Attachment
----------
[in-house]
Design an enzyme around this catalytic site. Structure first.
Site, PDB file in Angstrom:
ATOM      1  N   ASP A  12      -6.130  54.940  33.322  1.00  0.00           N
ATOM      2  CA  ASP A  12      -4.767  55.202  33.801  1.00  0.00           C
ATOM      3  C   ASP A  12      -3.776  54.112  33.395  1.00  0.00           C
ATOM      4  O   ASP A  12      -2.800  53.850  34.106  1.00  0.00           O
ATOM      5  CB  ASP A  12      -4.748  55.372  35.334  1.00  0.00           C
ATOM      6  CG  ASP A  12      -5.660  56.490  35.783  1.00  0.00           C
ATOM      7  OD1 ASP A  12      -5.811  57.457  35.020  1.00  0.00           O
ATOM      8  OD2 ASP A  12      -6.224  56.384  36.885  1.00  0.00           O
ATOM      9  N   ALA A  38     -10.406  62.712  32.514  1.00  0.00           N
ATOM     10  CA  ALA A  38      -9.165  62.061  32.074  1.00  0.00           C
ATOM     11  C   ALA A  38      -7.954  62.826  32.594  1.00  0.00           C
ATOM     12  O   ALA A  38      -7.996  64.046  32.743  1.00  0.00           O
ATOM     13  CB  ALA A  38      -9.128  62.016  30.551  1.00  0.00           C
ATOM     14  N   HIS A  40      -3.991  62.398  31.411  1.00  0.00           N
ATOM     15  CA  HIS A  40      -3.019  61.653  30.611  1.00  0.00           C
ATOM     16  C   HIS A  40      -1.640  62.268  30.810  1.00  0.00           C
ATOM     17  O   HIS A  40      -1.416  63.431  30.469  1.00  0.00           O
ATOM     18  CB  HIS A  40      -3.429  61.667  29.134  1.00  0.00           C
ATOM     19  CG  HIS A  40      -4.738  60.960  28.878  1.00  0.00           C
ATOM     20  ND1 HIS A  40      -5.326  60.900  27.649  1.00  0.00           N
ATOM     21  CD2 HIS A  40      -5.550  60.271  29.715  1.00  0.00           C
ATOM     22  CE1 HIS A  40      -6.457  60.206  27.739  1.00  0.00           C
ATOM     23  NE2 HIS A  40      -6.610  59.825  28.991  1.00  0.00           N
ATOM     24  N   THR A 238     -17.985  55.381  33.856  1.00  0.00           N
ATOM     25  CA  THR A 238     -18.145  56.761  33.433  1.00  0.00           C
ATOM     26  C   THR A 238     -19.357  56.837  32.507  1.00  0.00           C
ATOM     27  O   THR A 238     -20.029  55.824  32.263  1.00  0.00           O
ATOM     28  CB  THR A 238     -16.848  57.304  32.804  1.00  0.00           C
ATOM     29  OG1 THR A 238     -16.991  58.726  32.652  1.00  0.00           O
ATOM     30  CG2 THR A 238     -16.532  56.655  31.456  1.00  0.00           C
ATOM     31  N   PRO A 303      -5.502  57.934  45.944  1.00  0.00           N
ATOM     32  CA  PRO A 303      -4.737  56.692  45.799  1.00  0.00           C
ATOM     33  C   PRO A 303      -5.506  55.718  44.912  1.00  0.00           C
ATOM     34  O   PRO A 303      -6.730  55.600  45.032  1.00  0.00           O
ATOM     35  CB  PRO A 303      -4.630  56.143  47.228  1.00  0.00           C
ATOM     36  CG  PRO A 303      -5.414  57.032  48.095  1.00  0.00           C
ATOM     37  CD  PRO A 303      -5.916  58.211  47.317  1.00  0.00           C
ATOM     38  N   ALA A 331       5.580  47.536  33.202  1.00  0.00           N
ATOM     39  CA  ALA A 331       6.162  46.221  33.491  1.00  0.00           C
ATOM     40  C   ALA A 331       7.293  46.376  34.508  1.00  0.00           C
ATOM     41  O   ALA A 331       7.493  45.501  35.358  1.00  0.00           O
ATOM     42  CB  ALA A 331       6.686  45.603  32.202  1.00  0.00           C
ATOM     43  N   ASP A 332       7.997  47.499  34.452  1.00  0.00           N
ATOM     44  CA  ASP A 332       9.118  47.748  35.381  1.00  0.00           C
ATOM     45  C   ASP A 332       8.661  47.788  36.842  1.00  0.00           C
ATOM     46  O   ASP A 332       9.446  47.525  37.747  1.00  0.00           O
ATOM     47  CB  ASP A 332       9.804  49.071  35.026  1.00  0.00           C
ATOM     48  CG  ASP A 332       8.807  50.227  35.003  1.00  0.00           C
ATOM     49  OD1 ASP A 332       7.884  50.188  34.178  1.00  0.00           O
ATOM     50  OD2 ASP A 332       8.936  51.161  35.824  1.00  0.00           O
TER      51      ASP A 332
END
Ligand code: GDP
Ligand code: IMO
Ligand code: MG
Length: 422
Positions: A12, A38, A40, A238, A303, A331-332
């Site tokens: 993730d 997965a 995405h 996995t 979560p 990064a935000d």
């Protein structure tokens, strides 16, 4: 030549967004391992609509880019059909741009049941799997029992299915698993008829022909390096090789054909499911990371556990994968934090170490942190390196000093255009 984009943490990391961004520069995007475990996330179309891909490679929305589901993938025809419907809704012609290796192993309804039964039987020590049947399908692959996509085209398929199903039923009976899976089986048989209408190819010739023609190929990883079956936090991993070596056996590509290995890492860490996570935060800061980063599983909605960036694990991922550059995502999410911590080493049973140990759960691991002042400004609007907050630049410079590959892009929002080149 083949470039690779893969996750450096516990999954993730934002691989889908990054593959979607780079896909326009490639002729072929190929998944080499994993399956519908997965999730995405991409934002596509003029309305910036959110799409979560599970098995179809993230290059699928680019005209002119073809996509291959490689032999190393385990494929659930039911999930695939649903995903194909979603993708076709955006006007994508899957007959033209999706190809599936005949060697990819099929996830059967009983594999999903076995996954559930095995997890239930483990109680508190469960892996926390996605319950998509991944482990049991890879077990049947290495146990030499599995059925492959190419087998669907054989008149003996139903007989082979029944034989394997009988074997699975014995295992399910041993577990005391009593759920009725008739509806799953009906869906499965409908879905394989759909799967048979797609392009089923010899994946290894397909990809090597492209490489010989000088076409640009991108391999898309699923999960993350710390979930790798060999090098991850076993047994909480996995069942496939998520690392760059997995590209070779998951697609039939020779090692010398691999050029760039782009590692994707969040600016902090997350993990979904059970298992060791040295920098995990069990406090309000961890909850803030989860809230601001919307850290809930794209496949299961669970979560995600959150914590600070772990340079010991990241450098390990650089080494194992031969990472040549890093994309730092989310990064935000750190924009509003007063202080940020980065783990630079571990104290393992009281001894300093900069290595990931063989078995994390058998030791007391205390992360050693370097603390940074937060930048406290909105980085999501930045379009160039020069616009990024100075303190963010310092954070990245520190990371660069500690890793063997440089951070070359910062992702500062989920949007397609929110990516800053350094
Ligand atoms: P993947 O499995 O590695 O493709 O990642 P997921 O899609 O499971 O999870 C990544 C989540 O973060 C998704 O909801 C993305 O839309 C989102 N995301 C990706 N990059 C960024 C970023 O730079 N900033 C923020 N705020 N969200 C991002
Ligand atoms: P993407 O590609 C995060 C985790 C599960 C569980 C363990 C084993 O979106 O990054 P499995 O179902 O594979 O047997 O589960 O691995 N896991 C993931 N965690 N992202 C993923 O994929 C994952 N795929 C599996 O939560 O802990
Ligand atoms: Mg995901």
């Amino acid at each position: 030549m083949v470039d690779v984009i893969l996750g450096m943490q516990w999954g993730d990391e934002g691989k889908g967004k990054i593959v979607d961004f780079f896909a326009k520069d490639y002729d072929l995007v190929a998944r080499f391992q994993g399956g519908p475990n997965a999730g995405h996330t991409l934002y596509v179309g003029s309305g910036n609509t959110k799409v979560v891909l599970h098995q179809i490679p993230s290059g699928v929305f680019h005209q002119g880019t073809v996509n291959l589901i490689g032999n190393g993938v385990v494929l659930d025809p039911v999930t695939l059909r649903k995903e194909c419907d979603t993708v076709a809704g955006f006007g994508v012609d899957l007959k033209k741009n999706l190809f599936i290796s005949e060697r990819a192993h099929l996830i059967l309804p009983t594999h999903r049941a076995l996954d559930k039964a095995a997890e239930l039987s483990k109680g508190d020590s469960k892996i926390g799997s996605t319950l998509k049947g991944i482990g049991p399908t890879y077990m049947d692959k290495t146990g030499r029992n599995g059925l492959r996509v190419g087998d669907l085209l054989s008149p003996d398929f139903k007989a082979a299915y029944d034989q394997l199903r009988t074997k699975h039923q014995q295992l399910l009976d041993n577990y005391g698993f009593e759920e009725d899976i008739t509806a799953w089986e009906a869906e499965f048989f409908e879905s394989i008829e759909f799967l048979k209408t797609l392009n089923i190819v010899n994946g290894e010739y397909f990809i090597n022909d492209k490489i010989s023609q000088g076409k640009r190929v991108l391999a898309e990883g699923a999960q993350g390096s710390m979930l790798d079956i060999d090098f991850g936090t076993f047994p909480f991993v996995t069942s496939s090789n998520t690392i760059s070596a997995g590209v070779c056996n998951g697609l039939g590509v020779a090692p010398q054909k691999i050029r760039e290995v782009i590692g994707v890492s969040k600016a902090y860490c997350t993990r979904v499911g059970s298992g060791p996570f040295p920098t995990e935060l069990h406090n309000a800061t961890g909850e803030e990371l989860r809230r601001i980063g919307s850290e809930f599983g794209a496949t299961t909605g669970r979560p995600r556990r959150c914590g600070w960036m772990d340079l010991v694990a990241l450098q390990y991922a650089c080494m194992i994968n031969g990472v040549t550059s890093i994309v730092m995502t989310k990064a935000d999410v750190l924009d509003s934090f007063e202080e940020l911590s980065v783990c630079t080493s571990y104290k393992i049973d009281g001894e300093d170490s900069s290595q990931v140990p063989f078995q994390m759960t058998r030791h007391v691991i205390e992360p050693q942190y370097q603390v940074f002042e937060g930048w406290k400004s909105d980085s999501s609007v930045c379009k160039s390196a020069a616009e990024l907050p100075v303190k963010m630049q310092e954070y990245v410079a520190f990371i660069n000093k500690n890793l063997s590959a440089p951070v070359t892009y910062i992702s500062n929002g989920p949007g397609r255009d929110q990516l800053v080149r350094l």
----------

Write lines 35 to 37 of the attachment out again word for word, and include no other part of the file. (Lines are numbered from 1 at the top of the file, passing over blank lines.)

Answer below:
ATOM     32  CA  PRO A 303      -4.737  56.692  45.799  1.00  0.00           C
ATOM     33  C   PRO A 303      -5.506  55.718  44.912  1.00  0.00           C
ATOM     34  O   PRO A 303      -6.730  55.600  45.032  1.00  0.00           O